Tech: Rare 'superflares' could one day threaten Earth

Tech: Rare 'superflares' could one day threaten Earth

Space experts examining the edges of the Milky Way have as of late watched superflares - enormous blasts of vitality from stars that can be seen from many light years away.

"When our Sun was young, it was very active because it rotated very fast and probably generated more powerful flares".

According to the latest reports coming from, researchers at the University of Colorado Boulder (CU Boulder) in the U.S. are now fearing that older and quieter stars like our Sun can produce these blasts. The team estimates that calm stars like the Sun have superflares about every 1,000 years. According to Yuta Notsu, author of the study and a visiting researcher at CU Boulder's Laboratory for Atmospheric and Space Physics, this solar flare could be a "wake-up call for life on our planet". "More accurate evaluations of the effects of superflares is a next urgent task", Notsu told Astronomy, "but we can now expect things such as large-scale blackouts, satellite communication failure, and strong radiation in space", which can do serious damage to instruments and astronauts alike. "But there was some risk we can experience this kind of event at the subsequent 100 years approximately".

The team studied superflares from hundreds of stars observed by NASA's now retired Kepler Space Telescope, the European Space Agency's Gaia spacecraft, and the Apache Point Observatory in New Mexico. The NASA spacecraft, launched in 2009, seeks out planets circling stars far from Earth. In rare events, the light from distant stars seemed to get suddenly, and momentarily, brighter.

Scientists are just recently discovering that more stable stars, such as our Sun, are capable of causing such phenomena known as superflares. Be that as it may, what the Kepler information was appearing at being a lot greater, on the request of hundreds to thousands of times more dominant than the biggest flare at any point recorded with present-day instruments on Earth. However, official statistics confirm that most of the flares are emitted stars, with the average trend of one flare about per week.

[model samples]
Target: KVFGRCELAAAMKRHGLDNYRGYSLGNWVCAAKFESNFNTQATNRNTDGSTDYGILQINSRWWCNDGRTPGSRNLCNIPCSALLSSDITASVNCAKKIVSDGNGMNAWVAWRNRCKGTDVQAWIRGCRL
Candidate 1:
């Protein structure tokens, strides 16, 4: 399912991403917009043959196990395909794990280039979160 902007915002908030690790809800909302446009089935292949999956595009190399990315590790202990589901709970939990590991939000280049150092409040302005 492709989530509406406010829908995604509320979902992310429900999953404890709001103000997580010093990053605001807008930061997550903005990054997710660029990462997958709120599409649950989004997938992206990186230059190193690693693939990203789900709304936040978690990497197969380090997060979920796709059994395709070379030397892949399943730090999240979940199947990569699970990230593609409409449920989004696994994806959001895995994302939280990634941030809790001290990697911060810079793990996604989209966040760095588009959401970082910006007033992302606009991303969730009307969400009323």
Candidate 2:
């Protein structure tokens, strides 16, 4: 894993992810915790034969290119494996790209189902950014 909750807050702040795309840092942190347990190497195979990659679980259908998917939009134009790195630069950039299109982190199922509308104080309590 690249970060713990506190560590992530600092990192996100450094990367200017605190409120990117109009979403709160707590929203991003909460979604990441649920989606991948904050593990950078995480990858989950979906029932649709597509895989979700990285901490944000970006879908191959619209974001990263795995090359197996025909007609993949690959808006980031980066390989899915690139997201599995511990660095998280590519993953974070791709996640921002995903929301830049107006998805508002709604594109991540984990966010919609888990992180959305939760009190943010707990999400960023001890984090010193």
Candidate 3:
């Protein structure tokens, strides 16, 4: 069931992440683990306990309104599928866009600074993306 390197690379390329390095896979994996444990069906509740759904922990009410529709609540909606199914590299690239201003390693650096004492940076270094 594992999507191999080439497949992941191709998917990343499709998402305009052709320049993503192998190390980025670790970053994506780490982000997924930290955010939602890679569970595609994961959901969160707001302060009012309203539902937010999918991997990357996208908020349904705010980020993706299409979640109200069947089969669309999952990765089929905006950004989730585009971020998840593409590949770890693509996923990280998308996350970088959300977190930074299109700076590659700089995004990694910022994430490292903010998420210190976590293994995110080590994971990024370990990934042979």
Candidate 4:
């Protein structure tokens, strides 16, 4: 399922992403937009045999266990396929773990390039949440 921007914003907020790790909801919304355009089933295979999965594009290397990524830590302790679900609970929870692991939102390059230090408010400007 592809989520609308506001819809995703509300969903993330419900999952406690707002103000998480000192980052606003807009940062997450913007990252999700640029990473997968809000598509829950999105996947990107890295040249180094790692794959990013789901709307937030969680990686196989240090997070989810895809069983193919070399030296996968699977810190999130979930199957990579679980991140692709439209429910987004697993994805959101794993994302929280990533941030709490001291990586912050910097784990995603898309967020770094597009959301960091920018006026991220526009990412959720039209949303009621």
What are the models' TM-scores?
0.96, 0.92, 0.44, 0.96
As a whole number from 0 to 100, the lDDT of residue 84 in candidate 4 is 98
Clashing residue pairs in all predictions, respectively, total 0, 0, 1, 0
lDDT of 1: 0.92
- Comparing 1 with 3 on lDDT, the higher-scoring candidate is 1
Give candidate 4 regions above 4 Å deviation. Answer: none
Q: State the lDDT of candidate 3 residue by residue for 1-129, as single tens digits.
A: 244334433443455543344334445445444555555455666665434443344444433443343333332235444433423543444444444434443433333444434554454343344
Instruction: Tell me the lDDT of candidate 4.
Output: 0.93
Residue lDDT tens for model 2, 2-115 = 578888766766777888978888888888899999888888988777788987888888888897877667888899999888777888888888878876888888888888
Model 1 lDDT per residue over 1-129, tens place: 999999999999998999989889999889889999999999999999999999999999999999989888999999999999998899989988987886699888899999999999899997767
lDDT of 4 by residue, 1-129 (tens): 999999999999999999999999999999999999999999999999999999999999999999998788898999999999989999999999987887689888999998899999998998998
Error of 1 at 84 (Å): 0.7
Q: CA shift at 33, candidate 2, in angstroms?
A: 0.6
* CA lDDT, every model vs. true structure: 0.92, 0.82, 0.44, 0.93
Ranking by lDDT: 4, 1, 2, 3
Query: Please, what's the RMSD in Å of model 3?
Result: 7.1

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"In any case, we didn't have a clue if such huge flares happen on the advanced sun with low recurrence", he said. Superflares from the sun aren't expected to be frequent, but it's still important to be cautious.

According to the study published in The Astrophysical Journal, these pyrotechnic events can occur on older suns and the sun is no exception, as it could release a massive superflare in the next 100 years.

Roughly 4.6 billion years old, the sun is already a mature star that is in a relatively quiet, stable state. Then they subjected these events to statistical analysis. "People may have seen a large aurora", Notsu said in a statement, referring to the dancing Northern Lights or Southern Lights produced by solar particles interacting with molecules of Earth's atmosphere.

"Now, its a much bigger problem because of our electronics".

Co-authors on the recent study include researchers from Kyoto University, the National Astronomical Observatory of Japan, University of Hyogo, University of Washington and Leiden University.